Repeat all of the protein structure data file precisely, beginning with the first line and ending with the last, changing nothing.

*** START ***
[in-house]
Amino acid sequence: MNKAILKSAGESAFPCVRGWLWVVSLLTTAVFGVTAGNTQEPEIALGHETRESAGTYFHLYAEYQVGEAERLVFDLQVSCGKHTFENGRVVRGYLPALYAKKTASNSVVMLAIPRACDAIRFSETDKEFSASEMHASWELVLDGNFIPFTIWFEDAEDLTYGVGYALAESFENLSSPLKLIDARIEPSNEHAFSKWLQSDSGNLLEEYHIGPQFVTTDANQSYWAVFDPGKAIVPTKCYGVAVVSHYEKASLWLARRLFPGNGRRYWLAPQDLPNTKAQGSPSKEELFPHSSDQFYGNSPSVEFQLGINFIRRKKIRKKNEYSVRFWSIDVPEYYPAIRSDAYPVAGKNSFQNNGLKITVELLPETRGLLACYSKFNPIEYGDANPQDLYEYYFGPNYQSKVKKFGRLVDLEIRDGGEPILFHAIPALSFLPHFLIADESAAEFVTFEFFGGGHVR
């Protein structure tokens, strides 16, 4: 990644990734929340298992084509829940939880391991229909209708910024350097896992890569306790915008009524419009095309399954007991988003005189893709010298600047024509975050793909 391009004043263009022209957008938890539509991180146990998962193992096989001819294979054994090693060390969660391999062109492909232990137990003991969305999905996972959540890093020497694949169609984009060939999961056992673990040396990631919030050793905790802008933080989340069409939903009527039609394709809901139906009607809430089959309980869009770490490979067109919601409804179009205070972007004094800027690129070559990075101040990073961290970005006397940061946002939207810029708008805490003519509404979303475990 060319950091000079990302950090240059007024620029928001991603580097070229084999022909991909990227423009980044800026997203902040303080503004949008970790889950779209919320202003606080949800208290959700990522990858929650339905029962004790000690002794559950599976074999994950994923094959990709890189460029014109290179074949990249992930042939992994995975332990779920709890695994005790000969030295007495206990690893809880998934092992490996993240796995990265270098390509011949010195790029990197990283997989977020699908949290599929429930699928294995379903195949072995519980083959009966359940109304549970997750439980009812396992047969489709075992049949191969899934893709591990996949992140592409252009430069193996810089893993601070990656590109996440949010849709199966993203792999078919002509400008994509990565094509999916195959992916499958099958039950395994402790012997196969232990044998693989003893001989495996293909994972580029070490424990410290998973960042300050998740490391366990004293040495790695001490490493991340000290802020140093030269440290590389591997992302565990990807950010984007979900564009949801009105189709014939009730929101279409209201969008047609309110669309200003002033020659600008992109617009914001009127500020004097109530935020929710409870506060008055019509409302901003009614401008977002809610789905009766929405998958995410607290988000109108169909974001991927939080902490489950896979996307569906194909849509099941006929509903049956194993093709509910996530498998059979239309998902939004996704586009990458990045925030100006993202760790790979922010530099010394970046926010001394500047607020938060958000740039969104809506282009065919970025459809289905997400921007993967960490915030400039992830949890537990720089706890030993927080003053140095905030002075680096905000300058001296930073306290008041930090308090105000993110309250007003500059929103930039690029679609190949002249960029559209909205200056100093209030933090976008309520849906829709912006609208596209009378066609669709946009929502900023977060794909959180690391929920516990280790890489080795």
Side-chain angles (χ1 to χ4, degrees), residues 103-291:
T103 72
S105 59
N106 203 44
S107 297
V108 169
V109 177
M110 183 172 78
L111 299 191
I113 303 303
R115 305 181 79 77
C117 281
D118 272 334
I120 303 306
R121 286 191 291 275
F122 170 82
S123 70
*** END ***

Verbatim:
[in-house]
Amino acid sequence: MNKAILKSAGESAFPCVRGWLWVVSLLTTAVFGVTAGNTQEPEIALGHETRESAGTYFHLYAEYQVGEAERLVFDLQVSCGKHTFENGRVVRGYLPALYAKKTASNSVVMLAIPRACDAIRFSETDKEFSASEMHASWELVLDGNFIPFTIWFEDAEDLTYGVGYALAESFENLSSPLKLIDARIEPSNEHAFSKWLQSDSGNLLEEYHIGPQFVTTDANQSYWAVFDPGKAIVPTKCYGVAVVSHYEKASLWLARRLFPGNGRRYWLAPQDLPNTKAQGSPSKEELFPHSSDQFYGNSPSVEFQLGINFIRRKKIRKKNEYSVRFWSIDVPEYYPAIRSDAYPVAGKNSFQNNGLKITVELLPETRGLLACYSKFNPIEYGDANPQDLYEYYFGPNYQSKVKKFGRLVDLEIRDGGEPILFHAIPALSFLPHFLIADESAAEFVTFEFFGGGHVR
């Protein structure tokens, strides 16, 4: 990644990734929340298992084509829940939880391991229909209708910024350097896992890569306790915008009524419009095309399954007991988003005189893709010298600047024509975050793909 391009004043263009022209957008938890539509991180146990998962193992096989001819294979054994090693060390969660391999062109492909232990137990003991969305999905996972959540890093020497694949169609984009060939999961056992673990040396990631919030050793905790802008933080989340069409939903009527039609394709809901139906009607809430089959309980869009770490490979067109919601409804179009205070972007004094800027690129070559990075101040990073961290970005006397940061946002939207810029708008805490003519509404979303475990 060319950091000079990302950090240059007024620029928001991603580097070229084999022909991909990227423009980044800026997203902040303080503004949008970790889950779209919320202003606080949800208290959700990522990858929650339905029962004790000690002794559950599976074999994950994923094959990709890189460029014109290179074949990249992930042939992994995975332990779920709890695994005790000969030295007495206990690893809880998934092992490996993240796995990265270098390509011949010195790029990197990283997989977020699908949290599929429930699928294995379903195949072995519980083959009966359940109304549970997750439980009812396992047969489709075992049949191969899934893709591990996949992140592409252009430069193996810089893993601070990656590109996440949010849709199966993203792999078919002509400008994509990565094509999916195959992916499958099958039950395994402790012997196969232990044998693989003893001989495996293909994972580029070490424990410290998973960042300050998740490391366990004293040495790695001490490493991340000290802020140093030269440290590389591997992302565990990807950010984007979900564009949801009105189709014939009730929101279409209201969008047609309110669309200003002033020659600008992109617009914001009127500020004097109530935020929710409870506060008055019509409302901003009614401008977002809610789905009766929405998958995410607290988000109108169909974001991927939080902490489950896979996307569906194909849509099941006929509903049956194993093709509910996530498998059979239309998902939004996704586009990458990045925030100006993202760790790979922010530099010394970046926010001394500047607020938060958000740039969104809506282009065919970025459809289905997400921007993967960490915030400039992830949890537990720089706890030993927080003053140095905030002075680096905000300058001296930073306290008041930090308090105000993110309250007003500059929103930039690029679609190949002249960029559209909205200056100093209030933090976008309520849906829709912006609208596209009378066609669709946009929502900023977060794909959180690391929920516990280790890489080795």
Side-chain angles (χ1 to χ4, degrees), residues 103-291:
T103 72
S105 59
N106 203 44
S107 297
V108 169
V109 177
M110 183 172 78
L111 299 191
I113 303 303
R115 305 181 79 77
C117 281
D118 272 334
I120 303 306
R121 286 191 291 275
F122 170 82
S123 70